1. WHILE Burgoyne, with his army, was at Fort Edward, he learned that the Americans had a considerable amount of military stores and

5. What of the invading army? Who was murdered while the British were at Fort Edward? 6. What was the cause of her murder? 7. Who had commanded Fort Edward? What did General Schuyler do on the approach of the enemy? 8. What of Colonel St Leger? 9. What was done by General Arnold?

provisions at Bennington. With a view to secure them, he sent out Colonel Baum, a brave German officer, with five hundred German troops and one hundred Indians.

2. According to a manuscript order of General Burgoyne's, the number of these Germans was three times as great as has just been stated. But whether there were fifteen hundred or only five hundred, they were not only very clumsy, but very inefficient troops. Their hats and swords alone weighed nearly as much as the whole equipment of a common soldier; and they could scarcely march under their weight. 3. When Colonel Baum, with his troops, was within seven miles of Bennington, he learned that the Americans were strongly entrenched, and were hourly expecting a reinforcement. He therefore halted, sent back information to Burgoyne, and waited for further orders. Burgoyne immediately sent five hundred more German troops to his assistance.

4. But before the arrival of these last, General Stark, with a body of New Hampshire and Massachusetts militia, had determined to attack Colonel Baum in his position. The battle began about three o'clock in the afternoon, August 16, when the Germans were defeated and dispersed, and Colonel Baum mortally wounded.

5. The pursuit of the Americans was checked, for the moment, by the arrival of the reinforcement which Burgoyne had sent; but the latter soon expended their ammunition, and were obliged to retreat with their companions, with a loss of six hundred in killed and prisoners, beside one thousand stand of arms and nine hundred swords.


6. It is said that in order to animate his soldiers, who were unused to war, General Stark, before the opening of the battle, appealed thus to their sympathies: "My fellow-soldiers," said he, we conquer today, or to-night Mary Stark is a widow." The appeal had effect; the soldiers fought as if in full view of their homes and firesides.

7. General Stark had been in the old French and Indian war, and was once taken prisoner by the Indians. He was also at Bunker Hill and Trenton. He was a brave man and good citizen, and was the last surviving general of the American Revolution. He died at Manchester, in New Hampshire, in 1822, aged ninety-four years.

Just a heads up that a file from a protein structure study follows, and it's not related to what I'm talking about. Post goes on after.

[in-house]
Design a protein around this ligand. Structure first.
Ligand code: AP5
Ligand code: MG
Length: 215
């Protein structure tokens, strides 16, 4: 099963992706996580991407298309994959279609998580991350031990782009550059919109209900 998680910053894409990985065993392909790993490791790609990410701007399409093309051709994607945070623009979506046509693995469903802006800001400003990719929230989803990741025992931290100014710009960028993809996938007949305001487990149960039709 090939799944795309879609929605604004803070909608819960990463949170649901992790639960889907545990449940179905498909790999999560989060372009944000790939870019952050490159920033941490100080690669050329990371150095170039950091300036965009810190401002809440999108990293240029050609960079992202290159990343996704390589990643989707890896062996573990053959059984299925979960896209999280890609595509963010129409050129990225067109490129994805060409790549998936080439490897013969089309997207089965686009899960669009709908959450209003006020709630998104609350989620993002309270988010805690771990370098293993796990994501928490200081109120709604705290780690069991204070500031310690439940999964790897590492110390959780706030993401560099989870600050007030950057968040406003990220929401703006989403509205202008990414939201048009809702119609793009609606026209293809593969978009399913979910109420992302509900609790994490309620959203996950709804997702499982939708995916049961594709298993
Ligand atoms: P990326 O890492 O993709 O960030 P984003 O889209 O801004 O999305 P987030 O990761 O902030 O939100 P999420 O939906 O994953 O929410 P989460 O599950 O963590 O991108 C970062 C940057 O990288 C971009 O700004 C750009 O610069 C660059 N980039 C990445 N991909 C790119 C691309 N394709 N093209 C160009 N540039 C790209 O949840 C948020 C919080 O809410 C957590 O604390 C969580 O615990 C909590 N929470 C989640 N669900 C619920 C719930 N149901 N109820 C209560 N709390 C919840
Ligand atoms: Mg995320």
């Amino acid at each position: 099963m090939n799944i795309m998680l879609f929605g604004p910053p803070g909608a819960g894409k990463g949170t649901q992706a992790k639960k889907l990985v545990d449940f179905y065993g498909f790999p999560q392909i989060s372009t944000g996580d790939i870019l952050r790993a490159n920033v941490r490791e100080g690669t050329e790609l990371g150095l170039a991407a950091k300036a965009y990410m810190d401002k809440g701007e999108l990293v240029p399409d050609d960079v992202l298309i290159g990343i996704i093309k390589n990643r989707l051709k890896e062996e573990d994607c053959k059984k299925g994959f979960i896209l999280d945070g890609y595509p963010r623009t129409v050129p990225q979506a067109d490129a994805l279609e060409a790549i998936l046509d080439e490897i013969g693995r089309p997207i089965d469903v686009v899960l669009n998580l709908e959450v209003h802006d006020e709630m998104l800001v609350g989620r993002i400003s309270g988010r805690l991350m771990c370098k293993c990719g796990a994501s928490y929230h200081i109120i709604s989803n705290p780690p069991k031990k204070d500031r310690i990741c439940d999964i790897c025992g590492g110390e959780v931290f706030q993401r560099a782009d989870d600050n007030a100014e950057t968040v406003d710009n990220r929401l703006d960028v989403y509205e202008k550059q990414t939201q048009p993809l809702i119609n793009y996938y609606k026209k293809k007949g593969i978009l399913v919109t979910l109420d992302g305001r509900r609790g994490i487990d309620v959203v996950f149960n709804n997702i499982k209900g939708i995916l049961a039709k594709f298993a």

8. After St. Leger abandoned the siege of Fort Schuyler, he returned to Montreal. Both he and Burgoyne had done their utmost to effect a junction of their troops at Albany, but had been hindered more

CHAP. CVI.-1. Who did Burgoyne send to Bennington? 2. What can you say of the German soldiers? 8. What occasioned Colonel Baum's delay? 4. Describe the attack of General Stark. 5 What of the reinforcement? 6. How did Stark appeal to his soldiers before the battle? 7. Give some account of him. 8. What of St. Leger and Burgoyne?

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by the Americans than they expected. The condition of Burgoyne, moreover, was now becoming every day more and more critical.

9. On the 21st of August General Gates arrived at the American camp, Congress, on the 4th, having given to him the command of the northern army. General Arnold also joined them about the same time. Burgoyne, however, continued to advance, it being easier for him to get forward than backward.

9. What of Generals Gates and Arnold?


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10. The two armies met on the 19th of September near Still'-wa-ter, swenty-two miles north from Albany. Here a severe battle was fought for four hours, which was only checked by night and darkness. Both armies, however, had suffered so much that they did not choose to renew the battle next morning. They were in sight of each other till October 7, when a second battle was fought, in which Burgoyne was defeated.

10. Describe the battle at Stillwater. What of a second battle?